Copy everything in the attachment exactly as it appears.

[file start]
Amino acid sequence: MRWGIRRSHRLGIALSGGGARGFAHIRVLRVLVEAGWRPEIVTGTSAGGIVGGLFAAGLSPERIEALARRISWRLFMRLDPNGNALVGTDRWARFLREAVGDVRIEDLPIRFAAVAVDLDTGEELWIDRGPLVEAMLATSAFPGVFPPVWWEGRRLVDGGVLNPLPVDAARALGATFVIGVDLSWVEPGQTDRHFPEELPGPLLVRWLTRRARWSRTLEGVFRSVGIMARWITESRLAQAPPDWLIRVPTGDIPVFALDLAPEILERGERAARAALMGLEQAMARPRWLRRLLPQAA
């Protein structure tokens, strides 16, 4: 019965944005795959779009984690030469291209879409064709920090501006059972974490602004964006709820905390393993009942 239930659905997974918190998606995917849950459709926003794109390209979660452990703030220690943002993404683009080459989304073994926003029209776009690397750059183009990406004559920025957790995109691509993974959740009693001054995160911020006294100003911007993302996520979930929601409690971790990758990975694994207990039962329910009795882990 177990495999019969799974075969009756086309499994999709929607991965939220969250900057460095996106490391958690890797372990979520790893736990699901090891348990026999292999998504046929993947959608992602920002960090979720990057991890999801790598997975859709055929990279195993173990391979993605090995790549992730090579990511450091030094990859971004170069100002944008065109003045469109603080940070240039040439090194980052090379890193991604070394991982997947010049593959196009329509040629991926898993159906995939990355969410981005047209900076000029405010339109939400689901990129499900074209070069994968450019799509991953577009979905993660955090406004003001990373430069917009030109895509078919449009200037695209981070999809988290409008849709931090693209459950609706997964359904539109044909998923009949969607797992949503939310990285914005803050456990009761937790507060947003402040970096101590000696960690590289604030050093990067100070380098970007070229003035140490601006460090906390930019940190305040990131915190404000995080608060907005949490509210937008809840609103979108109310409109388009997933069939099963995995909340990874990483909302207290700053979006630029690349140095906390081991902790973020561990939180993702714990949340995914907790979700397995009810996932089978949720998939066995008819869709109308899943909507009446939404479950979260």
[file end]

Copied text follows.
Amino acid sequence: MRWGIRRSHRLGIALSGGGARGFAHIRVLRVLVEAGWRPEIVTGTSAGGIVGGLFAAGLSPERIEALARRISWRLFMRLDPNGNALVGTDRWARFLREAVGDVRIEDLPIRFAAVAVDLDTGEELWIDRGPLVEAMLATSAFPGVFPPVWWEGRRLVDGGVLNPLPVDAARALGATFVIGVDLSWVEPGQTDRHFPEELPGPLLVRWLTRRARWSRTLEGVFRSVGIMARWITESRLAQAPPDWLIRVPTGDIPVFALDLAPEILERGERAARAALMGLEQAMARPRWLRRLLPQAA
């Protein structure tokens, strides 16, 4: 019965944005795959779009984690030469291209879409064709920090501006059972974490602004964006709820905390393993009942 239930659905997974918190998606995917849950459709926003794109390209979660452990703030220690943002993404683009080459989304073994926003029209776009690397750059183009990406004559920025957790995109691509993974959740009693001054995160911020006294100003911007993302996520979930929601409690971790990758990975694994207990039962329910009795882990 177990495999019969799974075969009756086309499994999709929607991965939220969250900057460095996106490391958690890797372990979520790893736990699901090891348990026999292999998504046929993947959608992602920002960090979720990057991890999801790598997975859709055929990279195993173990391979993605090995790549992730090579990511450091030094990859971004170069100002944008065109003045469109603080940070240039040439090194980052090379890193991604070394991982997947010049593959196009329509040629991926898993159906995939990355969410981005047209900076000029405010339109939400689901990129499900074209070069994968450019799509991953577009979905993660955090406004003001990373430069917009030109895509078919449009200037695209981070999809988290409008849709931090693209459950609706997964359904539109044909998923009949969607797992949503939310990285914005803050456990009761937790507060947003402040970096101590000696960690590289604030050093990067100070380098970007070229003035140490601006460090906390930019940190305040990131915190404000995080608060907005949490509210937008809840609103979108109310409109388009997933069939099963995995909340990874990483909302207290700053979006630029690349140095906390081991902790973020561990939180993702714990949340995914907790979700397995009810996932089978949720998939066995008819869709109308899943909507009446939404479950979260």